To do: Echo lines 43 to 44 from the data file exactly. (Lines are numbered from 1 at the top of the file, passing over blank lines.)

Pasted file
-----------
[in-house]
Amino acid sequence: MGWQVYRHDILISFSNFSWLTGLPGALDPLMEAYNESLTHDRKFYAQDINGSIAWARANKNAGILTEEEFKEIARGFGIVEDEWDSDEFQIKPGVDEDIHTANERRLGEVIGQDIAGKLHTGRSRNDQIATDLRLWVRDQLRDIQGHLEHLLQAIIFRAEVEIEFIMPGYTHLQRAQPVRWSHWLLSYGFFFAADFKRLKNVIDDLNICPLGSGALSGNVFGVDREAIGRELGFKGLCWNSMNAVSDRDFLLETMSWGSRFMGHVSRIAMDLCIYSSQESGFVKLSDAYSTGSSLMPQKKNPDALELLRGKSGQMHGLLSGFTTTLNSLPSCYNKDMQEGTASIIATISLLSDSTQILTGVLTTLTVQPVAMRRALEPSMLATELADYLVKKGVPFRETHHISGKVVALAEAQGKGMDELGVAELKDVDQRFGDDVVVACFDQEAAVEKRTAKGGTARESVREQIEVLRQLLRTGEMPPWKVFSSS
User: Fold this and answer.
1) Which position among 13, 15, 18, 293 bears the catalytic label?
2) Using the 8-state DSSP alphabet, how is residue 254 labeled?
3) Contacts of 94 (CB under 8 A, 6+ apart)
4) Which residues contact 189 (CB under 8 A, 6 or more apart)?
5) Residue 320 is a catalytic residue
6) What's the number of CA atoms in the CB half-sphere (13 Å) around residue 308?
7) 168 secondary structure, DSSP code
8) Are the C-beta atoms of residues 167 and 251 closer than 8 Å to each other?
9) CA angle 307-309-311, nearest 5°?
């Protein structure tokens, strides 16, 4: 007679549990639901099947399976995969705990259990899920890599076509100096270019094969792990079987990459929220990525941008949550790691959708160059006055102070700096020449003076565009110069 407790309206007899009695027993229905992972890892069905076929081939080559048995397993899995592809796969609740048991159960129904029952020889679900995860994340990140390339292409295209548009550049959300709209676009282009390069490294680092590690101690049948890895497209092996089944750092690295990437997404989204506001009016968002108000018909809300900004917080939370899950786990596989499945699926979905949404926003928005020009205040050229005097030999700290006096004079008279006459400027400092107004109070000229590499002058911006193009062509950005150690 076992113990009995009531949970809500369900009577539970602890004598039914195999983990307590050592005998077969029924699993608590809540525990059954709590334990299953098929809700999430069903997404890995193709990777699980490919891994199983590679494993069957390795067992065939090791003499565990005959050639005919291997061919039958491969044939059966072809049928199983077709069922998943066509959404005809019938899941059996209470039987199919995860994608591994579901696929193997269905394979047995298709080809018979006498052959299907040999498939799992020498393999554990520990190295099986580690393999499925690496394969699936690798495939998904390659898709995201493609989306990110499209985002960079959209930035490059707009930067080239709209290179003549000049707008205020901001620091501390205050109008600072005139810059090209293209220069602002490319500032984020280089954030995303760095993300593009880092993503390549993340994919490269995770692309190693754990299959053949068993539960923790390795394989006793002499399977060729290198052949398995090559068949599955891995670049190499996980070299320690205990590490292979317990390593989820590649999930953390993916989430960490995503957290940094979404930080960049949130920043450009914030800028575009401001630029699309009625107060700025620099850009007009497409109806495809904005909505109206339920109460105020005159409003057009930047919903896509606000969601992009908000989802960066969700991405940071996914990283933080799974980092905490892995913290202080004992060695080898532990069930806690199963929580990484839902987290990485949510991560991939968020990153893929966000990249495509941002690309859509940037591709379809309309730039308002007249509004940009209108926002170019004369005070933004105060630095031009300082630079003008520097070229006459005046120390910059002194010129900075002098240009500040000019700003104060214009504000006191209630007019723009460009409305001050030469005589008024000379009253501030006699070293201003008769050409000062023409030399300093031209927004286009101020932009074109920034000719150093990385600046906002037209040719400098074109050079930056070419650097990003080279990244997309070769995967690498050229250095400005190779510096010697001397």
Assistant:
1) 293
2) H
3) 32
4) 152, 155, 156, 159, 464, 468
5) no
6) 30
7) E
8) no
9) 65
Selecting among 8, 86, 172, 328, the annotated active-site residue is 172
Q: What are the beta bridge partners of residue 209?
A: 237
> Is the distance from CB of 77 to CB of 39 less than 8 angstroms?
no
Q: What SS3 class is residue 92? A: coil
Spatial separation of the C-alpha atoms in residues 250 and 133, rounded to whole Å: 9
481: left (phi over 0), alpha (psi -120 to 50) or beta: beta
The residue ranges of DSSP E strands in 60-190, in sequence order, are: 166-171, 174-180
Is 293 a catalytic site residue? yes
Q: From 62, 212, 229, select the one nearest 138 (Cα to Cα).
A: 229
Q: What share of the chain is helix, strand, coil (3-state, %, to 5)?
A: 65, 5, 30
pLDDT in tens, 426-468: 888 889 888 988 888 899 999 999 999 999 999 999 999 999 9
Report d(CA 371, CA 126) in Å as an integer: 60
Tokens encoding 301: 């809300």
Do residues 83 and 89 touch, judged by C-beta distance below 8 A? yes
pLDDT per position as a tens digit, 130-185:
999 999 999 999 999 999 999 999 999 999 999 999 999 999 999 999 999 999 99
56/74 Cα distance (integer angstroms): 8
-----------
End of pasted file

999 999 999 999 999 999 999 999 999 999 999 999 999 999 999 999 999 999 99
56/74 Cα distance (integer angstroms): 8